|Intrinsic and Extrinsic Limits of Charge Carrier Mobility in Graphene |
Physics and Astronomy
|Michael Fuhrer, University of Maryland College Park|
1:30 PM, Serin E385
Graphene, a single atom-thick sheet of graphite, is a zero-gap semiconductor with an unusual linear dispersion relation (analogous to the Dirac equation for massless relativistic particles) and a density of states that vanishes at a singular point. Graphene is
an exciting new condensed matter system, both for the opportunity to observe the physics associated with massless Dirac Fermions in the laboratory, and because of materials parameters which make it attractive for technological applications. However, in the few
years since the experimental realization of graphene, progress toward cleaner (higher mobility) samples has largely stalled. I will discuss experiments performed on atomically-clean graphene on SiO2 in ultra-high vacuum to determine the intrinsic and extrinsic limits of mobility in graphene[2,3], which point out both the promise of the
material as well as the technological challenges that lie ahead in realizing better graphene samples. Intrinsic scattering by the acoustic phonons of graphene limits the room-temperature mobility to 2 x 105 cm2/Vs at a carrier density of 1012 cm-2, higher than any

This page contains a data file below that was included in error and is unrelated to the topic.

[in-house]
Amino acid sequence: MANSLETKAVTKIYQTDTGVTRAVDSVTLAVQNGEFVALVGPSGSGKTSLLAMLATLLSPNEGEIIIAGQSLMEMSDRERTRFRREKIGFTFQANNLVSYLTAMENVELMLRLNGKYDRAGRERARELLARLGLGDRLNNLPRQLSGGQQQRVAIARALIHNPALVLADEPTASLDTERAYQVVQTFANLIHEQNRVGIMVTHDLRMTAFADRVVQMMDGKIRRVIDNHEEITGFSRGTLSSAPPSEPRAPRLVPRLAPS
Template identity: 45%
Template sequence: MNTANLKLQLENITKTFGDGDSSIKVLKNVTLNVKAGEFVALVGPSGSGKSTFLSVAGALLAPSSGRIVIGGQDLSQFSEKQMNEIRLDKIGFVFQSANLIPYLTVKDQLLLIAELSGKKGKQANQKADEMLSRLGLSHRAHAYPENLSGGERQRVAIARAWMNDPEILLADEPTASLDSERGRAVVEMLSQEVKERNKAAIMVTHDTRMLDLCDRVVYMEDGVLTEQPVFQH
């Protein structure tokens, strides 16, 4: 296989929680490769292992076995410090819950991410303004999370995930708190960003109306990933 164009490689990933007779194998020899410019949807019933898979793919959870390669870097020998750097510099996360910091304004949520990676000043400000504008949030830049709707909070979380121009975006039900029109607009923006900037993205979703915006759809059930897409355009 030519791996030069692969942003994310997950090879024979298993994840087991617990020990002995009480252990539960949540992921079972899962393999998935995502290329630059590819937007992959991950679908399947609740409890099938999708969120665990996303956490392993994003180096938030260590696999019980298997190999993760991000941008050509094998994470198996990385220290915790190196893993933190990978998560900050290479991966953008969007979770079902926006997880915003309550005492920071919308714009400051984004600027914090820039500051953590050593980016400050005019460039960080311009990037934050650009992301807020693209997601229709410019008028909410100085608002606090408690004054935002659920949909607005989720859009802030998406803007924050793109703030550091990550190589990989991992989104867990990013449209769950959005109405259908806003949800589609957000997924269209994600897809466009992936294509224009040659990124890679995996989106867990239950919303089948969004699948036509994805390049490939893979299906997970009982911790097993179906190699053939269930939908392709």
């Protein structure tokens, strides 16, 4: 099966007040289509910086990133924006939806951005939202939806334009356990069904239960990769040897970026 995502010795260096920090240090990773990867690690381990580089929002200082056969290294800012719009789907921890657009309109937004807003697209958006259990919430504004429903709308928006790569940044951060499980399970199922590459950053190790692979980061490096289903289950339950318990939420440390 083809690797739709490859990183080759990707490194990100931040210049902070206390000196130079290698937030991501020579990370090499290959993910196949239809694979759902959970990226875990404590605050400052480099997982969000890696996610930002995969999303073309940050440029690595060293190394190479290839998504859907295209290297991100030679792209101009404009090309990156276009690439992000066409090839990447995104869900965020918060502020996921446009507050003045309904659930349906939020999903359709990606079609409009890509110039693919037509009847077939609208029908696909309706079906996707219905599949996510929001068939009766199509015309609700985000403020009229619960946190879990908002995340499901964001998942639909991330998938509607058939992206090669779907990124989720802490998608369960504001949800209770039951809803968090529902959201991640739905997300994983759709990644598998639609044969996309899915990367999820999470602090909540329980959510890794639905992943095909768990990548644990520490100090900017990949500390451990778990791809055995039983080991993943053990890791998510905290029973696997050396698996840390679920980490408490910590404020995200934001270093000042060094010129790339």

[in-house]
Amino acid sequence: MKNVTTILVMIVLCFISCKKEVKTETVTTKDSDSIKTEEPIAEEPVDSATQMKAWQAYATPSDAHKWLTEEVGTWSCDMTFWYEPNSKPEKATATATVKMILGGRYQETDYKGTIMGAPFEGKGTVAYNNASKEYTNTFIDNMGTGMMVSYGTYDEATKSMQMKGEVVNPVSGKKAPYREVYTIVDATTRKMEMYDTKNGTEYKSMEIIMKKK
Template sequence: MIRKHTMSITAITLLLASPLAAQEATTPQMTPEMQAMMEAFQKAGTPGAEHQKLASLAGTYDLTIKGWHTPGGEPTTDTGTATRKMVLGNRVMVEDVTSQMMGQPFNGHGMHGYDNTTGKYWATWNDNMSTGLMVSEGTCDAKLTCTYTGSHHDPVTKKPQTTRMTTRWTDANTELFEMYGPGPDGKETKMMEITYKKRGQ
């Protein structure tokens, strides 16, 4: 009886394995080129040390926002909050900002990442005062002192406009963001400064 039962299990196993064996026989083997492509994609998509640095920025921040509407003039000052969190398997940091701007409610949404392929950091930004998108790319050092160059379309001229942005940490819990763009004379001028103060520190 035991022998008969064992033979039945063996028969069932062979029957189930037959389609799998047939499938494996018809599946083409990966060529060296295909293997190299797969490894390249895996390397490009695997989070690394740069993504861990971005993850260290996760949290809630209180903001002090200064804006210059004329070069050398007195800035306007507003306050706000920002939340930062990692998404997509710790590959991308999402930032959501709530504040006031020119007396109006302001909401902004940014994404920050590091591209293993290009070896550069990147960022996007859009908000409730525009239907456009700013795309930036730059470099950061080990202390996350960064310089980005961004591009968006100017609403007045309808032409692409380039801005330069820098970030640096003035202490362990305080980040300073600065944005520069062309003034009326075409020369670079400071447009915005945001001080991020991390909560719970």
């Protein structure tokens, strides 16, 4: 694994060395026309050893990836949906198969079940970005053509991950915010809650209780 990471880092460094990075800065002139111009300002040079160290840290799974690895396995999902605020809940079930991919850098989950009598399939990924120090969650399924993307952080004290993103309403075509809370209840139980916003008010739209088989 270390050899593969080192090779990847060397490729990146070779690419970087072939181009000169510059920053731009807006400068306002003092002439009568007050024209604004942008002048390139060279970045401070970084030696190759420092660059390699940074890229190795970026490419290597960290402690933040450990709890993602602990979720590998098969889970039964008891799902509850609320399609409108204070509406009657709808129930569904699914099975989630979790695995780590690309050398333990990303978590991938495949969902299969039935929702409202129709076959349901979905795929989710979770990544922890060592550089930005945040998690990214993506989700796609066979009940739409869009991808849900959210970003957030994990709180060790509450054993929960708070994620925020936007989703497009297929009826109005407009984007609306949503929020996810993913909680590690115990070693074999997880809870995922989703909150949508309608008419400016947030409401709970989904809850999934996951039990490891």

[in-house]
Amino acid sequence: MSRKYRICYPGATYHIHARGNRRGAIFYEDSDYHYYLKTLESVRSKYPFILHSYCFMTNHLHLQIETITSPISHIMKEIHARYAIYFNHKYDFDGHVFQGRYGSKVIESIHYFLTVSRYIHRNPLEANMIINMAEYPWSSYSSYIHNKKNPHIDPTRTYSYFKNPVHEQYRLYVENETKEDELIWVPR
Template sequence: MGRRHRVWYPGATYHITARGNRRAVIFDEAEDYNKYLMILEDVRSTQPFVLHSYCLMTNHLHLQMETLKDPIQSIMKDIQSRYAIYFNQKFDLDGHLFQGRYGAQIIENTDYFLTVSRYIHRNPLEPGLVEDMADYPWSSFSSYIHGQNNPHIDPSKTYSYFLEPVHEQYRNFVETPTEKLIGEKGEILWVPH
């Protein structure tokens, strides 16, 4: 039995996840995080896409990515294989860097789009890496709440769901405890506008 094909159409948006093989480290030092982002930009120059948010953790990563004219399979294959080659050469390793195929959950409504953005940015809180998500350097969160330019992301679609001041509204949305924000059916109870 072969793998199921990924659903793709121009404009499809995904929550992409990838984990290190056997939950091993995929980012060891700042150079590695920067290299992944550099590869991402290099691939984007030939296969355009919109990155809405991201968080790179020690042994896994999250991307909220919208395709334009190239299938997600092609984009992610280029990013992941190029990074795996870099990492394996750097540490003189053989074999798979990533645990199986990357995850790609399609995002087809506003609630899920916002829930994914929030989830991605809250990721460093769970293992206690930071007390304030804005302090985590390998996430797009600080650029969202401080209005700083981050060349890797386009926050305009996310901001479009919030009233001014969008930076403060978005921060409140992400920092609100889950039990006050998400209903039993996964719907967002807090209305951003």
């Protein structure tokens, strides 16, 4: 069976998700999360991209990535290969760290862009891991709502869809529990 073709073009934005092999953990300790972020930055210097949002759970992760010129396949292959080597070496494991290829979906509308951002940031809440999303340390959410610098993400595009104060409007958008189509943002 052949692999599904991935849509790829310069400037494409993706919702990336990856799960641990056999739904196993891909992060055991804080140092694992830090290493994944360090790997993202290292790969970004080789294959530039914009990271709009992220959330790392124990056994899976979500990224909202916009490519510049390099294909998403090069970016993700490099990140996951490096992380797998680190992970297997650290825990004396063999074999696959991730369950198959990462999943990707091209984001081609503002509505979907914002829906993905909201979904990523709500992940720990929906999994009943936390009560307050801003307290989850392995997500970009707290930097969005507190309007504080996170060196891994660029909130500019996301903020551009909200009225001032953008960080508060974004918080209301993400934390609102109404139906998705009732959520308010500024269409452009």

known material. However, extrinsic scattering due to charged impurities in the substrate and substrate polar optical phonons currently impose much more severe limits on the mobility, pointing out the importance of substrate engineering for improving graphene devices.
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 "Charged Impurity Scattering in Graphene," J. H. Chen, C. Jang, M. S. Fuhrer, E. D. Williams, and M. Ishigami, arXiv:0708.2408.
 "Intrinsic and Extrinsic Performance Limits of Graphene Devices on SiO2," J. H. Chen, C. Jang, S. Xiao, M. Ishigami, M. S. Fuhrer, arXiv:0711.3646.
 "Printed Graphene Circuits," Jian-Hao Chen, Masa Ishigami, Chaun Jang, Daniel R. Hines, Michael S. Fuhrer, and Ellen D. Williams, Advanced Materials 19, 3623 (2007).